Anti-theism is the boogeyman of atheism. An anti-theist is an atheist because they explicitly and vehemently oppose theism in all its forms. They are atheist fundamentalists. Thankfully, outside of some Internet trolls there are very few anti-theists. Even the egregious* Richard Dawkins, by his own admission, isn’t an anti-theist. Though his dismissive and occasionally pompous attitude might lead you to think otherwise. Please forgive him, he’s from Oxbridge you see. (Anti-theists have an active rejection of theism)

By now you’re probably wondering what I mean by passive and active rejection. Well, I’ll try to explain it with the following situations.

Passive Rejection:

Person A: I believe that this (insert extraordinary claim) here is true.

Person B: Could you show me some evidence to back up your claim?

Person A: *Presents evidence*

Person B: Sorry, your evidence does not substantiate your claim, therefore I reject it.

Active Rejection:

Person A: I believe that this (insert extraordinary claim) here is true.

Person B: No! You’re wrong and stupid. Go play in the sand box.

Essentially, active rejection is the jerkass position.

And now to dispel some commonly held myths about atheism:

Myth 1: Atheism is just as much a religion as any other religion.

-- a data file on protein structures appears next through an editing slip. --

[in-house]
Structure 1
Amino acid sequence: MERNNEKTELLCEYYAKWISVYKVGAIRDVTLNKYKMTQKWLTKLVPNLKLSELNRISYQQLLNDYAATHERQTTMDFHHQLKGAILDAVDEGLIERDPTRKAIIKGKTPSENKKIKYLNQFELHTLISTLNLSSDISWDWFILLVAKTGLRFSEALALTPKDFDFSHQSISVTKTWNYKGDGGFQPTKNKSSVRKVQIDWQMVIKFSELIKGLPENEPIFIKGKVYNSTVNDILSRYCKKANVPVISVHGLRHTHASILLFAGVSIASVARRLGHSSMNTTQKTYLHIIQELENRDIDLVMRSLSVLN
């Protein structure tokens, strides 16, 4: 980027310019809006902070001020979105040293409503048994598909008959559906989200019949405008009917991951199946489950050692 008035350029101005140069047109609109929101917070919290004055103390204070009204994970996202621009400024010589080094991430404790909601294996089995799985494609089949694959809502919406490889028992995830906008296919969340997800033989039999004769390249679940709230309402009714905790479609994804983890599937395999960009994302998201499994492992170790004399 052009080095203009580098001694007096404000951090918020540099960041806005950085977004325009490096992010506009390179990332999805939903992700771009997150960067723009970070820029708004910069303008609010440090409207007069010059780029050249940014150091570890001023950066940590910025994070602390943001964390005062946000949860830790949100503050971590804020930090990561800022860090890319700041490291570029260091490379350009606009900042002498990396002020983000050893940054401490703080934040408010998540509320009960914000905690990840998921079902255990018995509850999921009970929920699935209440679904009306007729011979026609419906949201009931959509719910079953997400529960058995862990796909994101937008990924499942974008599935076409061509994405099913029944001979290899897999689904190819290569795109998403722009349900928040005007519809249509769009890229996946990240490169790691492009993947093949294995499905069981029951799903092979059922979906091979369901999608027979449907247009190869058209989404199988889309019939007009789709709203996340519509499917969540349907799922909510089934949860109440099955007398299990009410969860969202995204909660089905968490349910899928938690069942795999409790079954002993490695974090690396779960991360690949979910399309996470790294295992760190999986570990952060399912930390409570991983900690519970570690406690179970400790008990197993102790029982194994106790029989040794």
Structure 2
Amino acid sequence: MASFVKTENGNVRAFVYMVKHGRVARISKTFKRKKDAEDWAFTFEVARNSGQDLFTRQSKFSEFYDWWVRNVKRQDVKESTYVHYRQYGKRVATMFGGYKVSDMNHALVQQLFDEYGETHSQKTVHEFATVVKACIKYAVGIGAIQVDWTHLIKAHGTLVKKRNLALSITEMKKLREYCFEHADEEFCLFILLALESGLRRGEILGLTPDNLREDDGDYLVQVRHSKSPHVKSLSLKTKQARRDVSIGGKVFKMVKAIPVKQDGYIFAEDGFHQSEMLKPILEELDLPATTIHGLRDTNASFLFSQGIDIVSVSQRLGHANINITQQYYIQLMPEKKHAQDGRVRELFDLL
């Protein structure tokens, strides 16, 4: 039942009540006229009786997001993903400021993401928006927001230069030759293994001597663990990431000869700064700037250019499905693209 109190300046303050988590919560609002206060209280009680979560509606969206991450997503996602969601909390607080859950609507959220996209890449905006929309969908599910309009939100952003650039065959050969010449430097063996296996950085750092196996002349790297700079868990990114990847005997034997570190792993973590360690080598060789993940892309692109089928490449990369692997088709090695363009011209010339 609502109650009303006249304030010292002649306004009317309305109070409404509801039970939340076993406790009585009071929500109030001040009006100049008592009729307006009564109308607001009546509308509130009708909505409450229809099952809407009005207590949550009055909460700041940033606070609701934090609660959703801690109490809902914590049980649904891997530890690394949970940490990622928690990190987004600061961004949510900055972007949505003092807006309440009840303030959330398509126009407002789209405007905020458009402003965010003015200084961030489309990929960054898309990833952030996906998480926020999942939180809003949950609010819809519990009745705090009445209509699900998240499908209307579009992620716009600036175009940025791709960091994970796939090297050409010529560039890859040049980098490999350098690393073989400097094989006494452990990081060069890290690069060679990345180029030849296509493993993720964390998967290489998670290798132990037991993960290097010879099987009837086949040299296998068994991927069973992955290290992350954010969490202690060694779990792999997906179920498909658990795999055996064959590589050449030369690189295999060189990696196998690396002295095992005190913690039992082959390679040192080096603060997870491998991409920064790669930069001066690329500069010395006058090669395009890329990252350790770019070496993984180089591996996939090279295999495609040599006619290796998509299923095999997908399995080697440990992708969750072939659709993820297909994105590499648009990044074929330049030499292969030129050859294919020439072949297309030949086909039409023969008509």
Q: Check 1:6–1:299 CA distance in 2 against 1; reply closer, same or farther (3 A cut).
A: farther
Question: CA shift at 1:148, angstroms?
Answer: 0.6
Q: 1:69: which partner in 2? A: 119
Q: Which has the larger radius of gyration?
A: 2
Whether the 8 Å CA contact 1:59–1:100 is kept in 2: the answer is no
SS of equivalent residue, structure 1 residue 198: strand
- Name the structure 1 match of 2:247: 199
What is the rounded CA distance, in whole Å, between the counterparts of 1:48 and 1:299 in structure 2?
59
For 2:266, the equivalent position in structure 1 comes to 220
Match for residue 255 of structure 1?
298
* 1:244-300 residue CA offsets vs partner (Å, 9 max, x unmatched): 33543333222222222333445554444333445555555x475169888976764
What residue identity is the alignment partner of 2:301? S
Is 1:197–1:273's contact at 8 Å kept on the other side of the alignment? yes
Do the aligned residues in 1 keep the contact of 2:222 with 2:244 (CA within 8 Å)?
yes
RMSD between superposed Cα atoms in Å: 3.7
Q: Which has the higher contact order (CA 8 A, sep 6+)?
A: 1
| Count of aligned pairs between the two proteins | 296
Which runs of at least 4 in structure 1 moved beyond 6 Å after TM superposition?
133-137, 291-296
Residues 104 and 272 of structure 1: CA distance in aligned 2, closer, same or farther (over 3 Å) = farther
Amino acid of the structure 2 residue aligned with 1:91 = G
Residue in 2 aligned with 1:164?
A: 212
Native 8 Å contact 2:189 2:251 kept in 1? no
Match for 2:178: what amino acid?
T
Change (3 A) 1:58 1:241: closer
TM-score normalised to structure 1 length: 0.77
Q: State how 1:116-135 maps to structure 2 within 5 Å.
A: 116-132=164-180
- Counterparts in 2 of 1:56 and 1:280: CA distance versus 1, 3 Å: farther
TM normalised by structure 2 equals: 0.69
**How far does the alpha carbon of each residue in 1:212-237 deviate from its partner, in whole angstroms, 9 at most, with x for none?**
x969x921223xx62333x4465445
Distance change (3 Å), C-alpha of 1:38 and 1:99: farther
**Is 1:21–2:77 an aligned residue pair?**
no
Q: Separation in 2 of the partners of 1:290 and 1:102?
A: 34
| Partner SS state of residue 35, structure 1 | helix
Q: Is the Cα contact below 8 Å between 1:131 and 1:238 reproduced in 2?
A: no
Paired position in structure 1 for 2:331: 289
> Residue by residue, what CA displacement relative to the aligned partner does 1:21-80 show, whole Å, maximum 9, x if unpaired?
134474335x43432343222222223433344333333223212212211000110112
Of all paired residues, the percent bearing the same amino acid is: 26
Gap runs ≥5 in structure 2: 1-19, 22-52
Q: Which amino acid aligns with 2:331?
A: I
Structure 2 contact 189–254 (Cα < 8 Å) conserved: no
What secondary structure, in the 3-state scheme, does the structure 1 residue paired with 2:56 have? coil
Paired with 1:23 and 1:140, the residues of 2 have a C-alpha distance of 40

Fact 1: Atheism is as much a religion as bald is a hair colour or a vacuum is a volume of gas.

Myth 2: Atheists are amoral as they have no god to give them morality.

Fact 2: Most atheists consider morality to be essential to the human condition and most again follow Humanist teachings about morality.

Myth 3: Atheists hate religion.

Fact 3: Most atheists consider religion, by itself, to be either irrelevant or mildly annoying. It is only religious overreach that atheists really do not like.

Well, there you have it folks. I leave you with this little ditty.

 

 

*egregious:
Hacker: What does “egregious” mean?
Humphrey: Um, I think it means outstanding. … In one way or another.
— Yes, Minister., “The Death List”

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funksands
Member

I liked your post Caru.

Myth 2 is especially Myth-y as I am an atheist and have not eaten my children, become a serial killer, torn a tag off a mattress… Yet.

I suppose that my amorality may rise up and compell me to perform a barbaric act of evil someday. But until then I shall live a quiet life and and laugh as the world trundles by.

foxisms
Guest

Believe in everything and believe in nothing.
In the end, we all share common ground.
So, why not?
Just try not to hurt anybody along the way.